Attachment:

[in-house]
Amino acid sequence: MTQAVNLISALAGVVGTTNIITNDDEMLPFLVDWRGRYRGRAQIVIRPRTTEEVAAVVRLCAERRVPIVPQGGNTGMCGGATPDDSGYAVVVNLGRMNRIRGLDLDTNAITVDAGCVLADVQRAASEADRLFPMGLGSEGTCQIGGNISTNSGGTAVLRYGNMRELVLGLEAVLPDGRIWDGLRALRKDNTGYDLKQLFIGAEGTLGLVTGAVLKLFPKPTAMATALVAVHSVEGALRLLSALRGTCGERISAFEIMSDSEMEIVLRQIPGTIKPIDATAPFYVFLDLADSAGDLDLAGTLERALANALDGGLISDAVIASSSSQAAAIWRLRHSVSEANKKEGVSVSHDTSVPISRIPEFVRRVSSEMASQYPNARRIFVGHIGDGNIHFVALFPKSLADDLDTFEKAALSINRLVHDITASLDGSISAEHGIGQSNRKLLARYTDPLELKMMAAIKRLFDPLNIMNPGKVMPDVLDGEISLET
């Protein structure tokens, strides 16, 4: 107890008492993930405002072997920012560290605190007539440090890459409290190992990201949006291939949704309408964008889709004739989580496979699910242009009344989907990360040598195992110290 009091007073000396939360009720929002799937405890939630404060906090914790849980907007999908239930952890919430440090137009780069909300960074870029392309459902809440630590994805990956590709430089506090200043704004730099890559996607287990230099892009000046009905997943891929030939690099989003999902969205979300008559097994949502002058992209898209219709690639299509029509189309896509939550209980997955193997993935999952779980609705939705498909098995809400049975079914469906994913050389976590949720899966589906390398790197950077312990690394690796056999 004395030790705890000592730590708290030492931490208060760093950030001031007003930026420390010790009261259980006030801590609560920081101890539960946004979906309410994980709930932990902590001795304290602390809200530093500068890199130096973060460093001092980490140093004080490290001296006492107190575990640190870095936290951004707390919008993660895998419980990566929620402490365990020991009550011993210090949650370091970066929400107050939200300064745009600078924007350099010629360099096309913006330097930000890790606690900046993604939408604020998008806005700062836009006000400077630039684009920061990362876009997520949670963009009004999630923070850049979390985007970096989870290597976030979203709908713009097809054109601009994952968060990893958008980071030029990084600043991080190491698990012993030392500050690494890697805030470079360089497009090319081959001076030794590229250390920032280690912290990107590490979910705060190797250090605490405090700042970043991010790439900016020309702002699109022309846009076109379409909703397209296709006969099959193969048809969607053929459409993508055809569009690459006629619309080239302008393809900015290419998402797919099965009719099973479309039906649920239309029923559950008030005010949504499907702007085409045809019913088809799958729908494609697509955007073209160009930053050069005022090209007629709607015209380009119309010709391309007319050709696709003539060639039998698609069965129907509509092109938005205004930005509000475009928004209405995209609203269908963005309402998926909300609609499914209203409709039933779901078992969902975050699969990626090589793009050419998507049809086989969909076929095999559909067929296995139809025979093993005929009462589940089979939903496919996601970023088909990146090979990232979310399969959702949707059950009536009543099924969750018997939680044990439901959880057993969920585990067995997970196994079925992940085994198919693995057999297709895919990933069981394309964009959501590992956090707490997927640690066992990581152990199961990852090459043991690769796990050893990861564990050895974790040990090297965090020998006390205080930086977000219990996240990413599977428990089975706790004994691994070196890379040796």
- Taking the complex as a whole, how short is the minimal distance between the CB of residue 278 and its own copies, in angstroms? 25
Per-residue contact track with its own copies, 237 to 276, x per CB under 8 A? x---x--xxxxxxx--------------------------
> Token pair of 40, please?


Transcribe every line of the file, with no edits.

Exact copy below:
[in-house]
Amino acid sequence: MTQAVNLISALAGVVGTTNIITNDDEMLPFLVDWRGRYRGRAQIVIRPRTTEEVAAVVRLCAERRVPIVPQGGNTGMCGGATPDDSGYAVVVNLGRMNRIRGLDLDTNAITVDAGCVLADVQRAASEADRLFPMGLGSEGTCQIGGNISTNSGGTAVLRYGNMRELVLGLEAVLPDGRIWDGLRALRKDNTGYDLKQLFIGAEGTLGLVTGAVLKLFPKPTAMATALVAVHSVEGALRLLSALRGTCGERISAFEIMSDSEMEIVLRQIPGTIKPIDATAPFYVFLDLADSAGDLDLAGTLERALANALDGGLISDAVIASSSSQAAAIWRLRHSVSEANKKEGVSVSHDTSVPISRIPEFVRRVSSEMASQYPNARRIFVGHIGDGNIHFVALFPKSLADDLDTFEKAALSINRLVHDITASLDGSISAEHGIGQSNRKLLARYTDPLELKMMAAIKRLFDPLNIMNPGKVMPDVLDGEISLET
């Protein structure tokens, strides 16, 4: 107890008492993930405002072997920012560290605190007539440090890459409290190992990201949006291939949704309408964008889709004739989580496979699910242009009344989907990360040598195992110290 009091007073000396939360009720929002799937405890939630404060906090914790849980907007999908239930952890919430440090137009780069909300960074870029392309459902809440630590994805990956590709430089506090200043704004730099890559996607287990230099892009000046009905997943891929030939690099989003999902969205979300008559097994949502002058992209898209219709690639299509029509189309896509939550209980997955193997993935999952779980609705939705498909098995809400049975079914469906994913050389976590949720899966589906390398790197950077312990690394690796056999 004395030790705890000592730590708290030492931490208060760093950030001031007003930026420390010790009261259980006030801590609560920081101890539960946004979906309410994980709930932990902590001795304290602390809200530093500068890199130096973060460093001092980490140093004080490290001296006492107190575990640190870095936290951004707390919008993660895998419980990566929620402490365990020991009550011993210090949650370091970066929400107050939200300064745009600078924007350099010629360099096309913006330097930000890790606690900046993604939408604020998008806005700062836009006000400077630039684009920061990362876009997520949670963009009004999630923070850049979390985007970096989870290597976030979203709908713009097809054109601009994952968060990893958008980071030029990084600043991080190491698990012993030392500050690494890697805030470079360089497009090319081959001076030794590229250390920032280690912290990107590490979910705060190797250090605490405090700042970043991010790439900016020309702002699109022309846009076109379409909703397209296709006969099959193969048809969607053929459409993508055809569009690459006629619309080239302008393809900015290419998402797919099965009719099973479309039906649920239309029923559950008030005010949504499907702007085409045809019913088809799958729908494609697509955007073209160009930053050069005022090209007629709607015209380009119309010709391309007319050709696709003539060639039998698609069965129907509509092109938005205004930005509000475009928004209405995209609203269908963005309402998926909300609609499914209203409709039933779901078992969902975050699969990626090589793009050419998507049809086989969909076929095999559909067929296995139809025979093993005929009462589940089979939903496919996601970023088909990146090979990232979310399969959702949707059950009536009543099924969750018997939680044990439901959880057993969920585990067995997970196994079925992940085994198919693995057999297709895919990933069981394309964009959501590992956090707490997927640690066992990581152990199961990852090459043991690769796990050893990861564990050895974790040990090297965090020998006390205080930086977000219990996240990413599977428990089975706790004994691994070196890379040796």
- Taking the complex as a whole, how short is the minimal distance between the CB of residue 278 and its own copies, in angstroms? 25
Per-residue contact track with its own copies, 237 to 276, x per CB under 8 A? x---x--xxxxxxx--------------------------
> Token pair of 40, please?